Bethany: Do you actually refer to it as the Legionella standard or 12080?
Marianne: We go back and forth on it – we don’t want to confuse anyone by saying that we have written a Legionella standard, on the same level as a system standard like ASHRAE 188 is, but we do shortcut the fact that it is for Legionella specialists by calling it our “Legionella standard.”
Bethany: The ASSE 12080 document list several topics that an individual needs to learn and to be tested on in order to receive this certification – everything from general facts about Legionnaires disease, Legionella, and other pathogens to building water systems, water management programs, and ASHRAE 188. For what type of person or job function is the certification intended?
Marianne: Because there are so many different systems out there, this really applies to different kinds of people that work within many kinds of systems like huge complexes and campuses that have multiple buildings, and they may have multiple specialists on staff just to be addressing their systems. There are also infection control preventionists that will be involved as well that have nothing to do with a plumbing system or an HVAC system. CEOs are on some of these because ultimately they are responsible for their building and what happens within it. We also have to look at the smaller systems, such as nursing homes. There are also people involved with water treatment who are going to want to take this so they understand all the consequences involved. I won’t say it’s limitless, but it is certainly for anybody who works in any way where infection control is imperative.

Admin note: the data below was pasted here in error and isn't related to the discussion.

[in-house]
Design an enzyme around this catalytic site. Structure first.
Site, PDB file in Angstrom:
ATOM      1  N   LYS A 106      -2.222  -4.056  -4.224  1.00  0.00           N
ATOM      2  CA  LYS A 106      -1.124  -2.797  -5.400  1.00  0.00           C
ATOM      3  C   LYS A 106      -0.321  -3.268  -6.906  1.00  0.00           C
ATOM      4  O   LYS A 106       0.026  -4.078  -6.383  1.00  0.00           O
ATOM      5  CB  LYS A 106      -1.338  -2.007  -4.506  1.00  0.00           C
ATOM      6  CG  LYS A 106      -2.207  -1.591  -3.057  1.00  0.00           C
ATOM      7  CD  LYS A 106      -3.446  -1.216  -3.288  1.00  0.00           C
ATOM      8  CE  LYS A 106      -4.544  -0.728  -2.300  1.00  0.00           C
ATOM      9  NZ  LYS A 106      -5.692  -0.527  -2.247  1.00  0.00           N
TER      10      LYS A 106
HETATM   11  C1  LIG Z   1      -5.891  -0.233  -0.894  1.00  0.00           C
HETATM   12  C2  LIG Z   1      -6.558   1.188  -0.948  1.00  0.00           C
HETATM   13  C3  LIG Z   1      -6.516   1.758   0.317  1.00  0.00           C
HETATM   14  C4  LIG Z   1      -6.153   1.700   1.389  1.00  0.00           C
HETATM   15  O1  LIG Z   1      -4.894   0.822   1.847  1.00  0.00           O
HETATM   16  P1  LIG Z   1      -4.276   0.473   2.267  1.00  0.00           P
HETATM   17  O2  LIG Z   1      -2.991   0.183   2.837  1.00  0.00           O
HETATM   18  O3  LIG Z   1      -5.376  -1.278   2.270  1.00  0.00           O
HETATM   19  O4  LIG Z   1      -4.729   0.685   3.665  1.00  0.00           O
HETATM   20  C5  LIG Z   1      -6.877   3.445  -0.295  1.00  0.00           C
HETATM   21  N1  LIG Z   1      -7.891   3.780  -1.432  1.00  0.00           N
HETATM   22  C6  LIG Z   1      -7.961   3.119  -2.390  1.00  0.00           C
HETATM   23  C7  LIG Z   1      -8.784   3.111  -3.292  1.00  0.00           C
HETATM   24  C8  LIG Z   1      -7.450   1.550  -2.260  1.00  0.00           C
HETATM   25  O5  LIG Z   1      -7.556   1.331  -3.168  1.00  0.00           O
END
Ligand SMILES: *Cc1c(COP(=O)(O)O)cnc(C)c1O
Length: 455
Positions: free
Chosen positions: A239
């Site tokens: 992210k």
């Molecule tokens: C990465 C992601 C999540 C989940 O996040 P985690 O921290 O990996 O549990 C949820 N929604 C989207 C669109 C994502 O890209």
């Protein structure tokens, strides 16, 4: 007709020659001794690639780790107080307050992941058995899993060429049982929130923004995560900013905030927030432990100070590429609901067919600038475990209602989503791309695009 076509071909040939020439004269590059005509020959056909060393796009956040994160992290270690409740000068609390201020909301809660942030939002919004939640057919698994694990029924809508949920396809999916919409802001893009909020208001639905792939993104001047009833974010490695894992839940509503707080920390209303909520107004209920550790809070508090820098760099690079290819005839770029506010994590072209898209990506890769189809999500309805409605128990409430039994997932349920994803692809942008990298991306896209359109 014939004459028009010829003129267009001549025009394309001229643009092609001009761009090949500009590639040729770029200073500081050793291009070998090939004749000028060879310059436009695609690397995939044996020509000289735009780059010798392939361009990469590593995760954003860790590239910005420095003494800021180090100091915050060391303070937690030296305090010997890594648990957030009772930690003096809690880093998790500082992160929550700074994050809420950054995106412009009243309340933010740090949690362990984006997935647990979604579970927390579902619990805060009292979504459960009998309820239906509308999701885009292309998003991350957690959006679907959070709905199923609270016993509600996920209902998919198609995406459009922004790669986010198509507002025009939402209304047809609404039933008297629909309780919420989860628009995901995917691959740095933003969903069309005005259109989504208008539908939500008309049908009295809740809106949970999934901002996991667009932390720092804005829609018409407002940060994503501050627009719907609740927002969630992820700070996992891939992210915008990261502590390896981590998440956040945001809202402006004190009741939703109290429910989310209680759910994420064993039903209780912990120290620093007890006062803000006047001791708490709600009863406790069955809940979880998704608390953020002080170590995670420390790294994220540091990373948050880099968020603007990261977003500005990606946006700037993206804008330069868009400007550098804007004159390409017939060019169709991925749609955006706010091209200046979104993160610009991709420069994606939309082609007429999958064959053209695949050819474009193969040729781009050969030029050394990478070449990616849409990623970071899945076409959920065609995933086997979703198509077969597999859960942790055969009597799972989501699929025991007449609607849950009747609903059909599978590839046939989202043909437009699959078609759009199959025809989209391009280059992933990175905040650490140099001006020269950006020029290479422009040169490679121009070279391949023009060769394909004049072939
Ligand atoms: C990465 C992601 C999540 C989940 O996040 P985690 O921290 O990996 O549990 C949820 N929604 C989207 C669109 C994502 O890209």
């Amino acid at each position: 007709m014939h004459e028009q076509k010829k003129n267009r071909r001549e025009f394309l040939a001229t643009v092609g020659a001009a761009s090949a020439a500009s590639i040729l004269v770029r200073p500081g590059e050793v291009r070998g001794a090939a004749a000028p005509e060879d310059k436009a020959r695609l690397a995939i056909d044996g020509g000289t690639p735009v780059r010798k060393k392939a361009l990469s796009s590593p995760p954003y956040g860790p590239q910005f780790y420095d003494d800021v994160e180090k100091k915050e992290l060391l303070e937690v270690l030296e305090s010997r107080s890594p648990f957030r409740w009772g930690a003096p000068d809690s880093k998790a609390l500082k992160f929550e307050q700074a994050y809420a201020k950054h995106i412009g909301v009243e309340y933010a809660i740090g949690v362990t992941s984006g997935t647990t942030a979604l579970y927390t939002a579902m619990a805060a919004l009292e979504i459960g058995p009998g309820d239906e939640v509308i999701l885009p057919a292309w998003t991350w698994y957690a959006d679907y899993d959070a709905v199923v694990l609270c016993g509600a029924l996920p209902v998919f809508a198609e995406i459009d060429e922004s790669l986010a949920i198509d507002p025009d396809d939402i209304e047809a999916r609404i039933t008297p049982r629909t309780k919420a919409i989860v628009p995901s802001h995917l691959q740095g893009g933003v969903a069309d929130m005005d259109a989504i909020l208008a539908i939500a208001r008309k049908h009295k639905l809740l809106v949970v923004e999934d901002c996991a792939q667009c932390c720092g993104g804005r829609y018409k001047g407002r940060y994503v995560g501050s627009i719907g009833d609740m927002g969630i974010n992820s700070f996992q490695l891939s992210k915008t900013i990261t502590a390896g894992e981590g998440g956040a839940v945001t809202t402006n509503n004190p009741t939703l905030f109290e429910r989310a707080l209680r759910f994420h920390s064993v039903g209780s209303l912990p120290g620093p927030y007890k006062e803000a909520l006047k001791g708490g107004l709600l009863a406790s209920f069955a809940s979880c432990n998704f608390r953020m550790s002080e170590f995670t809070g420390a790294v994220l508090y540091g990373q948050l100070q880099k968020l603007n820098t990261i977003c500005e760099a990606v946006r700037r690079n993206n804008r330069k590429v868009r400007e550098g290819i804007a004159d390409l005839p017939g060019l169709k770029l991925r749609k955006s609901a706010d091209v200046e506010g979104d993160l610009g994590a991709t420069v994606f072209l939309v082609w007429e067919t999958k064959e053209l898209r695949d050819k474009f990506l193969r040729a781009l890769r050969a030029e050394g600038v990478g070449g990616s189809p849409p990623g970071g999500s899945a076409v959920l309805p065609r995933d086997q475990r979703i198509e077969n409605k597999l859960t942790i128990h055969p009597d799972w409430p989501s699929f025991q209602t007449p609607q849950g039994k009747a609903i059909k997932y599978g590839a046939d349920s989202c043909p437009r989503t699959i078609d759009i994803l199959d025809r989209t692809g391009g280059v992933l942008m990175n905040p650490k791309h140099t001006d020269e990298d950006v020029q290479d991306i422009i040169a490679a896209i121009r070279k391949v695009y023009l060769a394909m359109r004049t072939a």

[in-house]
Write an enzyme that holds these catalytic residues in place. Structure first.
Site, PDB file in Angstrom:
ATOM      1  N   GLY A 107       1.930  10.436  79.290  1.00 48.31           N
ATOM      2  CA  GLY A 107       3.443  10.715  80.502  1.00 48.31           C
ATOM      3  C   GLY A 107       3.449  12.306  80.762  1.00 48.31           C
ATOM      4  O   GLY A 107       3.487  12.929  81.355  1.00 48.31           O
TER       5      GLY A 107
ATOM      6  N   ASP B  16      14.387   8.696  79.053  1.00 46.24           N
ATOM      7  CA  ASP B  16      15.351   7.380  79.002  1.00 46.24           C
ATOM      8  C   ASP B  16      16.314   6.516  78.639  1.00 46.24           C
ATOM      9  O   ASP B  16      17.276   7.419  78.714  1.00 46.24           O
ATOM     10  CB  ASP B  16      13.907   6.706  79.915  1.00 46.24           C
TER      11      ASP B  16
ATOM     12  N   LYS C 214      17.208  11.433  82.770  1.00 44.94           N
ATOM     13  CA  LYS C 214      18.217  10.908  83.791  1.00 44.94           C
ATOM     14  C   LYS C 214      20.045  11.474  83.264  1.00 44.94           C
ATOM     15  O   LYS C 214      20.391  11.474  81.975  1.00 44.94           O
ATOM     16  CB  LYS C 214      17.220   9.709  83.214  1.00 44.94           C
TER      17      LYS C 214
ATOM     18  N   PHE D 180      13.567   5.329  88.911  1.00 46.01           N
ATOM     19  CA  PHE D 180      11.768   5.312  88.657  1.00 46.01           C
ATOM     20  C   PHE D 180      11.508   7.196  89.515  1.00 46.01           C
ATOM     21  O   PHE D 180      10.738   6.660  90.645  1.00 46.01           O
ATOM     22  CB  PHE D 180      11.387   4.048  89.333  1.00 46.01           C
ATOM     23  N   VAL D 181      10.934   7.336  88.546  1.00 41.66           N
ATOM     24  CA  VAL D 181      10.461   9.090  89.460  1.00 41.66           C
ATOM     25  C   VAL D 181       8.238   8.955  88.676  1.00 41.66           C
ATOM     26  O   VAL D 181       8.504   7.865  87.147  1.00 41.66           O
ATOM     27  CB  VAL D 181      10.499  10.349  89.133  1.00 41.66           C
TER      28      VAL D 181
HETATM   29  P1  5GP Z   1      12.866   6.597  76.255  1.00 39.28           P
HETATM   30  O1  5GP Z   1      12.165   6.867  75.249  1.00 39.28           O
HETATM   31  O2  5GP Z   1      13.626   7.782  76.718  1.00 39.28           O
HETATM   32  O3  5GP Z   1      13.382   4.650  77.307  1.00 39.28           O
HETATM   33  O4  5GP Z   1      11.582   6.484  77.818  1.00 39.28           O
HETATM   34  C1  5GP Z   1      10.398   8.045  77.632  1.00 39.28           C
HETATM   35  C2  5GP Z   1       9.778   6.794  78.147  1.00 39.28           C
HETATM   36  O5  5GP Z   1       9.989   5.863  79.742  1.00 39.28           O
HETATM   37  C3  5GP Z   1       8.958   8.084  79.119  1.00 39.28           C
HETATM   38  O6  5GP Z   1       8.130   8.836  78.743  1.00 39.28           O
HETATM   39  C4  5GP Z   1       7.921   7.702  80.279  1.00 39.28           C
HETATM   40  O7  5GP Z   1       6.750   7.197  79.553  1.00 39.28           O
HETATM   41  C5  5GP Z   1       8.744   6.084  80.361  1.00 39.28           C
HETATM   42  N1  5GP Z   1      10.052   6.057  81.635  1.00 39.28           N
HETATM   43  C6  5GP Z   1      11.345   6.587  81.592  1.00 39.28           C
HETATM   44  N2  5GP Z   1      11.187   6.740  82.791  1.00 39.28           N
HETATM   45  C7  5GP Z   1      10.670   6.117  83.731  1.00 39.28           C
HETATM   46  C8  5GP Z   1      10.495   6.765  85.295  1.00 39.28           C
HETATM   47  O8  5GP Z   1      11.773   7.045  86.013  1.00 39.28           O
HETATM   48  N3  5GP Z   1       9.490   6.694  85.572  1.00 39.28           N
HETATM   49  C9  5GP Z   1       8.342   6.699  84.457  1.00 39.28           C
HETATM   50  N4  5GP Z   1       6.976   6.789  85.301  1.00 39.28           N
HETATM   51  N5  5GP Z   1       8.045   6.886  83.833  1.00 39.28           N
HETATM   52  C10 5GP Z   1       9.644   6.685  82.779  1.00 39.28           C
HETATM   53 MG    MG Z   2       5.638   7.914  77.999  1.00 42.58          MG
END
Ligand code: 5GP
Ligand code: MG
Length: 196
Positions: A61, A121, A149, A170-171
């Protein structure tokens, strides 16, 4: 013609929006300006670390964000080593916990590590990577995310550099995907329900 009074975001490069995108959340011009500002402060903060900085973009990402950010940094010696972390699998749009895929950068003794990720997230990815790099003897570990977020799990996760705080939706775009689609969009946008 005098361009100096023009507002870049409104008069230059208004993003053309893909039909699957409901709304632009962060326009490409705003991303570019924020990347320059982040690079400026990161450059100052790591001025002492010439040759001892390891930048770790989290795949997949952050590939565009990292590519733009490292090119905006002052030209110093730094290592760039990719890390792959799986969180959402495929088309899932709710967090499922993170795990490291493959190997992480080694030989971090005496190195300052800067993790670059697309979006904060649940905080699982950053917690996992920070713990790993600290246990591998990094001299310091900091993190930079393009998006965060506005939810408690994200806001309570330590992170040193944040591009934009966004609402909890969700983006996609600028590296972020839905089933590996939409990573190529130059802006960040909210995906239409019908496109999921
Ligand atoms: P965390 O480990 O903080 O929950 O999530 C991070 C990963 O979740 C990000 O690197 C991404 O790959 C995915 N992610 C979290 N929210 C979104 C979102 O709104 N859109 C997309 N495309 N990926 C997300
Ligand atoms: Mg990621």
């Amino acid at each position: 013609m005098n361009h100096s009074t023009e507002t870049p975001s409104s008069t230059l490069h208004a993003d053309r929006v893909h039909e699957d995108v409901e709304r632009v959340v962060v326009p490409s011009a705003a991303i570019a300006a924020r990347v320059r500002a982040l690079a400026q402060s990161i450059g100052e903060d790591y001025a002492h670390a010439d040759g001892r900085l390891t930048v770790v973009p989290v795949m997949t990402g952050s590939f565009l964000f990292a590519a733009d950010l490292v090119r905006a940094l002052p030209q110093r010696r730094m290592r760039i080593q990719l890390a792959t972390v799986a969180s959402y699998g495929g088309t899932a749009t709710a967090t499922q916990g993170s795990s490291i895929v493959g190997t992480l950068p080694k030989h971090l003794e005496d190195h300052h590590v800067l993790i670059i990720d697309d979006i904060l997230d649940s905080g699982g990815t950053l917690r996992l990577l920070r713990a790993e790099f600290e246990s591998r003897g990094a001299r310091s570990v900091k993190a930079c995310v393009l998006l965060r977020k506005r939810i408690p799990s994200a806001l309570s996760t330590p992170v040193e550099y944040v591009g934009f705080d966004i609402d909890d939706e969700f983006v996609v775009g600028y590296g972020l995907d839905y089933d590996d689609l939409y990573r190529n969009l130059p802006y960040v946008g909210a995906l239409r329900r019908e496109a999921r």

Bethany: Diving into the standard itself, what are the requirements for a person to become certified?
Marianne: There is a minimum training of 24 hours, which some people will far exceed. The training is done by approved training providers, or schools, in different parts of the country and online. The exam will come from ASSE, as we’re the third-party certifier. By third-party certifier, I mean that we will not train students on our own, but after someone has completed training from an approved school – HC Info being one of these approved schools – the student will then take a 100-question written exam. They have to pass with a minimum score of 80 percent. They must re-certify every three years.
Bethany: Does an individual need to have any kind of pre-requisite like a college degree or Legionella-related experience in order to qualify to start the certification process, or is it just completing those 24 hours of approved education and taking the exam?
Marianne: There is no pre-requisite requirement and there is no degree that is required. Certainly, someone who comes from within the piping industry or from within infection control may be a little bit ahead or this might be a little bit easier for them than for someone who has had no exposure previously.
Bethany: Is there anything else that you would like to say about the new ASSE 12080 standard?
Marianne: We’re really happy with it, we’re really proud of the standard and we think that it’s meeting a need and will help those who are building owners and ultimately responsible for those systems.